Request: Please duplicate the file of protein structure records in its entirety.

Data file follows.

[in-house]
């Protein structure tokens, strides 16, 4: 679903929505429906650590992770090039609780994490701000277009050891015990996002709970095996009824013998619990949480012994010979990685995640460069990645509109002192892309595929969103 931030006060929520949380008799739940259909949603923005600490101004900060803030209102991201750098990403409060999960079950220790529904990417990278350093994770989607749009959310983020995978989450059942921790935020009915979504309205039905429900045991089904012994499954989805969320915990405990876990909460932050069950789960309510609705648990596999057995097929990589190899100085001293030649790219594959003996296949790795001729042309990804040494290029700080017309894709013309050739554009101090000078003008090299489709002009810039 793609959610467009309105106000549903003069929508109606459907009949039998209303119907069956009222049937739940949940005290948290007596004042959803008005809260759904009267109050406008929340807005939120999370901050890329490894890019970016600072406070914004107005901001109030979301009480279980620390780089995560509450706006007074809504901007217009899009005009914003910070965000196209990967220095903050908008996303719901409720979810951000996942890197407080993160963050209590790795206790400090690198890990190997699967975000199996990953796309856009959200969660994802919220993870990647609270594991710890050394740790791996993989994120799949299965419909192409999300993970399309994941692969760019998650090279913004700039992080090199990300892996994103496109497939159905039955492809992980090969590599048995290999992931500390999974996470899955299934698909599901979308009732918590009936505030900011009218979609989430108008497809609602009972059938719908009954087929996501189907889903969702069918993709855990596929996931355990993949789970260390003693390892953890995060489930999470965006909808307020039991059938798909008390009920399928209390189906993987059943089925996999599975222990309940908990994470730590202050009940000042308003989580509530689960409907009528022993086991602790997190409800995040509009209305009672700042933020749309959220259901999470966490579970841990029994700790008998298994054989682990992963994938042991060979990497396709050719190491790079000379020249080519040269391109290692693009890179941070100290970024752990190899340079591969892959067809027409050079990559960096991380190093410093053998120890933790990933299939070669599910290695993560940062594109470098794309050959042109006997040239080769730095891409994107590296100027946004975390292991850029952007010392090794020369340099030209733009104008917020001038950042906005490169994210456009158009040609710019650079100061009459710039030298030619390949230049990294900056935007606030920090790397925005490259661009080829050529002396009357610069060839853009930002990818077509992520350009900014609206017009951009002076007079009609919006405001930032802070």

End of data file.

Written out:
[in-house]
């Protein structure tokens, strides 16, 4: 679903929505429906650590992770090039609780994490701000277009050891015990996002709970095996009824013998619990949480012994010979990685995640460069990645509109002192892309595929969103 931030006060929520949380008799739940259909949603923005600490101004900060803030209102991201750098990403409060999960079950220790529904990417990278350093994770989607749009959310983020995978989450059942921790935020009915979504309205039905429900045991089904012994499954989805969320915990405990876990909460932050069950789960309510609705648990596999057995097929990589190899100085001293030649790219594959003996296949790795001729042309990804040494290029700080017309894709013309050739554009101090000078003008090299489709002009810039 793609959610467009309105106000549903003069929508109606459907009949039998209303119907069956009222049937739940949940005290948290007596004042959803008005809260759904009267109050406008929340807005939120999370901050890329490894890019970016600072406070914004107005901001109030979301009480279980620390780089995560509450706006007074809504901007217009899009005009914003910070965000196209990967220095903050908008996303719901409720979810951000996942890197407080993160963050209590790795206790400090690198890990190997699967975000199996990953796309856009959200969660994802919220993870990647609270594991710890050394740790791996993989994120799949299965419909192409999300993970399309994941692969760019998650090279913004700039992080090199990300892996994103496109497939159905039955492809992980090969590599048995290999992931500390999974996470899955299934698909599901979308009732918590009936505030900011009218979609989430108008497809609602009972059938719908009954087929996501189907889903969702069918993709855990596929996931355990993949789970260390003693390892953890995060489930999470965006909808307020039991059938798909008390009920399928209390189906993987059943089925996999599975222990309940908990994470730590202050009940000042308003989580509530689960409907009528022993086991602790997190409800995040509009209305009672700042933020749309959220259901999470966490579970841990029994700790008998298994054989682990992963994938042991060979990497396709050719190491790079000379020249080519040269391109290692693009890179941070100290970024752990190899340079591969892959067809027409050079990559960096991380190093410093053998120890933790990933299939070669599910290695993560940062594109470098794309050959042109006997040239080769730095891409994107590296100027946004975390292991850029952007010392090794020369340099030209733009104008917020001038950042906005490169994210456009158009040609710019650079100061009459710039030298030619390949230049990294900056935007606030920090790397925005490259661009080829050529002396009357610069060839853009930002990818077509992520350009900014609206017009951009002076007079009609919006405001930032802070």